Adrian Arrington's touch-
down grab on the team's opening

possession came after Woodley
forced and recovered a fumble.
Arrington, who sat out the first
five plays of the game for disci-
plinary reasons, caught the 14-
yard touchdown pass on his first
snap of the game.
The Wolverines' second score,
a three-yard touchdown scamper
from Hart, followed an inter-
ception by Leon Hall. The drive
consisted of six plays, all runs by
Hart.
The junior finished the game
with 95 yards on the ground on
20 carries. He hurt his back after
running into a down marker in
the second quarter, and played
in just one drive in the second
half - the only one that yielded
See WILDCATS, Page 5B

Icers can't finish;
split once again

Men three better
this time around

By JAMESV. DOWD
Daily Sports Writer
One of the cardinal rules in hock-
ey's unwritten code of conduct is to
protect your goaltender. And, if an
opposing forward challenges this,
expect
a swift NORTHEASTERN 3
retalia- MICHIGAN 2
tion from
the near- NORTHEASTERN 3
est defen- MICH IGAN 4
seman.
No. 6
Michigan had the perfect opportu-
nity to exact revenge on Saturday in
the formofacomeback after North-
eastern center Joe Vitale bulldozed
Wolverines' goaltender Billy Sauer
with flying knees and elbows in the
second period of the 3-2 loss to the
Huskies.
But after sophomore defenseman
Jack Johnson quickly pummeled
Vitale onto the ice, Michigan (1-1-0
CCHA, 4-2-0 overall) failed to capi-
talize onanynewfound momentum,
going scoreless on the ensuing one-
man advantage en route to an 0-for-
12 showing on the power play.
"When we get an opportunity
like that, to get something going
before we go into intermission, it's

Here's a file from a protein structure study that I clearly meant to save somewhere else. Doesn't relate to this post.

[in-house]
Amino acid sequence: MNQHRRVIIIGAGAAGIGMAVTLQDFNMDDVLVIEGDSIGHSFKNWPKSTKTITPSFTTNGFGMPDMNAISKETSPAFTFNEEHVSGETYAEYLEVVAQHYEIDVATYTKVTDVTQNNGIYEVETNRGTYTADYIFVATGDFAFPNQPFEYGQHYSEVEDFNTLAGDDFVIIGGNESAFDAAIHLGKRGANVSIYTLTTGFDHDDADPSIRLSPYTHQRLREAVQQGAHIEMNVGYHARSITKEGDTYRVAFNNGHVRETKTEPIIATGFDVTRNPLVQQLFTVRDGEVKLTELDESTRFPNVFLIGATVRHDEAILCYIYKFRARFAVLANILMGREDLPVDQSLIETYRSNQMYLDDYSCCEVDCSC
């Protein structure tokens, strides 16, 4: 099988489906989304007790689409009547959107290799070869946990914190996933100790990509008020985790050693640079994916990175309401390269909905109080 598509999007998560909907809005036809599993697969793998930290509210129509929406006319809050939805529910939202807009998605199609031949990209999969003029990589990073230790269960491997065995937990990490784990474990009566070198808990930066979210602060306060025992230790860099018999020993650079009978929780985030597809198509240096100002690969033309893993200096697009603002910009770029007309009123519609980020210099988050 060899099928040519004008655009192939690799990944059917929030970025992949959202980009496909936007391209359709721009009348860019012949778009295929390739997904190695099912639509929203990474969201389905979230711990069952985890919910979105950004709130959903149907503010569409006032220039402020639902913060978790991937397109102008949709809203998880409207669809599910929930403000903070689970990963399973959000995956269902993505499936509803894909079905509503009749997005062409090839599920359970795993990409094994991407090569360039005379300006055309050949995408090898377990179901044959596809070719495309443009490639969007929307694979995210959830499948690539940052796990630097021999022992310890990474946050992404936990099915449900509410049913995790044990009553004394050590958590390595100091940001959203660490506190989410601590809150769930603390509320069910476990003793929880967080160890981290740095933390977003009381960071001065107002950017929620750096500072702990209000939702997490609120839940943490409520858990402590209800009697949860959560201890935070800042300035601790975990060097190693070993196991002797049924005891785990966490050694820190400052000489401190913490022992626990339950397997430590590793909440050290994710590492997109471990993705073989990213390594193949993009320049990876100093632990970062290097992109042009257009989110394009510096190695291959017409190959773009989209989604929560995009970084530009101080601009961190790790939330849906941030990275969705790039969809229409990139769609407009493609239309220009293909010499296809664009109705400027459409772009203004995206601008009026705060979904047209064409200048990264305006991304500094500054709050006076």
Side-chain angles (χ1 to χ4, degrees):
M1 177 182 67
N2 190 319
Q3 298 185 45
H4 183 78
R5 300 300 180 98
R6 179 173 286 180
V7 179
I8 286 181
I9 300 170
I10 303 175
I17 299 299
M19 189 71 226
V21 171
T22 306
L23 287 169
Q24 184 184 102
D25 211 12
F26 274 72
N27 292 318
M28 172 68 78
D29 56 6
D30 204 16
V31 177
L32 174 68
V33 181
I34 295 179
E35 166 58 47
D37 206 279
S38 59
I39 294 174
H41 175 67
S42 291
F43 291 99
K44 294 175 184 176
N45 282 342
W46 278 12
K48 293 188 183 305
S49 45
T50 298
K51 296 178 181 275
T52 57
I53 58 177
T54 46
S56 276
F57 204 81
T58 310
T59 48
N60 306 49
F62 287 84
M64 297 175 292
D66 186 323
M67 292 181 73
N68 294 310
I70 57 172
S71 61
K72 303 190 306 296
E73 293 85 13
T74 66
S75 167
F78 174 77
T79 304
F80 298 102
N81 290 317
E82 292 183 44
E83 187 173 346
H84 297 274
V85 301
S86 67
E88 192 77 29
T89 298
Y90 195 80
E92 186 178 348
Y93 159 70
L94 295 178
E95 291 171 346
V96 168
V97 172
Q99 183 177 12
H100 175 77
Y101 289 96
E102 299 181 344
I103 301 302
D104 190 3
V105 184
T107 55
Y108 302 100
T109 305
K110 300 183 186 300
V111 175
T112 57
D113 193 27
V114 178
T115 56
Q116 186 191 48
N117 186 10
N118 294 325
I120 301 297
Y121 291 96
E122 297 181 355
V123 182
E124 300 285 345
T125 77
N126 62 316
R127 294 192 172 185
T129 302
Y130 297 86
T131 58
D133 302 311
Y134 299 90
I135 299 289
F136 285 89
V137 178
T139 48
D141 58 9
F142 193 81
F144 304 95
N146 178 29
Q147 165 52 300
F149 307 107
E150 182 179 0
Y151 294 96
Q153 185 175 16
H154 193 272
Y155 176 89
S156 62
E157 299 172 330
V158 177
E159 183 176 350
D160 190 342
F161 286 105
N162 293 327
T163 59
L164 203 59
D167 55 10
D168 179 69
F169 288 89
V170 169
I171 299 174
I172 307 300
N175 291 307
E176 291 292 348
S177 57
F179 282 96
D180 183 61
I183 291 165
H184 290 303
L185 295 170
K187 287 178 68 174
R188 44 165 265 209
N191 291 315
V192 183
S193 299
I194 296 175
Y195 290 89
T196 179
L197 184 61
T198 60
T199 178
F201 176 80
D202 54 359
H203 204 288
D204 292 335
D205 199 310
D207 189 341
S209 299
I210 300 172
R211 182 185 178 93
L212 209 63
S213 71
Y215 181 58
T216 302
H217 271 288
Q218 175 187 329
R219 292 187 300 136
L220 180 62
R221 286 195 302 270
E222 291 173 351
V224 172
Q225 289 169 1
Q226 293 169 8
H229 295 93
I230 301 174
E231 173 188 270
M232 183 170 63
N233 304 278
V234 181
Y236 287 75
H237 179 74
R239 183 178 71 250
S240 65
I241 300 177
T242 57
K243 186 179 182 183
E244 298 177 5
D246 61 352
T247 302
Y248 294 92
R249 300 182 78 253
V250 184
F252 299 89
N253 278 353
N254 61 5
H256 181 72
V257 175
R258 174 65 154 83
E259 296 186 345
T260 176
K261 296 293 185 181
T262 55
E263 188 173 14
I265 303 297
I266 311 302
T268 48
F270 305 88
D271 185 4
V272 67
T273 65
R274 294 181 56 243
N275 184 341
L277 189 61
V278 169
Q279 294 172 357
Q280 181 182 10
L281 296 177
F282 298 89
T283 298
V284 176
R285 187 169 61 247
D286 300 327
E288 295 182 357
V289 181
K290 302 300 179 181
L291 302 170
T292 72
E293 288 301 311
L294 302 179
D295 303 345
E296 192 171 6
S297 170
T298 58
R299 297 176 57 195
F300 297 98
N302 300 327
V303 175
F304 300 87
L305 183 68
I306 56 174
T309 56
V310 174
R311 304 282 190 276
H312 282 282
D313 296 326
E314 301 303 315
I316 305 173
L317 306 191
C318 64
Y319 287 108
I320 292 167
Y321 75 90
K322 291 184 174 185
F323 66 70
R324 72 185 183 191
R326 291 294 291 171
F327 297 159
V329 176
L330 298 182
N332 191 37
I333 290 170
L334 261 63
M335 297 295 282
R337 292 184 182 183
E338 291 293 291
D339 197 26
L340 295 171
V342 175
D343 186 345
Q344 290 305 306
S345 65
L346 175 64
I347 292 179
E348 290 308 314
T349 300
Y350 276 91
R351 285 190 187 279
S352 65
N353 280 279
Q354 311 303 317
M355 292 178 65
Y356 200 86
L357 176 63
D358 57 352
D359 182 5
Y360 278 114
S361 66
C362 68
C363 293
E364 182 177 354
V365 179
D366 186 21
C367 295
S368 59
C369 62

huge," alternate captain Jason Dest
said. "It's huge to be able to go out
for the next period with momen-
tum."
Michigan started the game brim-
ming with confidence from a 4-3
overtime victory over Northeastern
(0-2-1 Hockey East, 1-2-1 overall) on
Friday night, and opened the scor-
ing Saturday when Johnson slotted

a first period shot past Northeast-
ern goaltender Brad Thiessen.
The tide swayed in the second,
when the Huskies took a 2-1 lead
with a pair of goals just minutes
apart. The tying goal came on a
rebound that Northeastern forward
Randy Guzior slapped in from the
slot. Two minuteslater, after Michi-
gan forward JasonBailey was whis-
tied for goaltender interference,
Husky center Jimmy Russo took a
pass and dumped it in the backside
of Sauer's net.
After that point, Michigan had
six more chances on the power
play - including Vitale's aforemen-
tioned goaltender interference call
- but Thiessen continually made
easy saves while the Wolverines
failed to dig up any of the rebounds
that have been their offensive bread
and butter this season.
"You have to give credit to their
goalie," Michigan coach Red Beren-
son said. "He made the saves he
needed to make, and their defense
kept us away from any lose pucks
or second chances - I think we had
one rebound goal in the game. They
checked hard, and we rarely got
more than one isolated chance at a
time."
With Thiessen steadily protect-
ing Northeastern's lead from the
crease, the Huskies netted an insur-
ance goal halfway through the third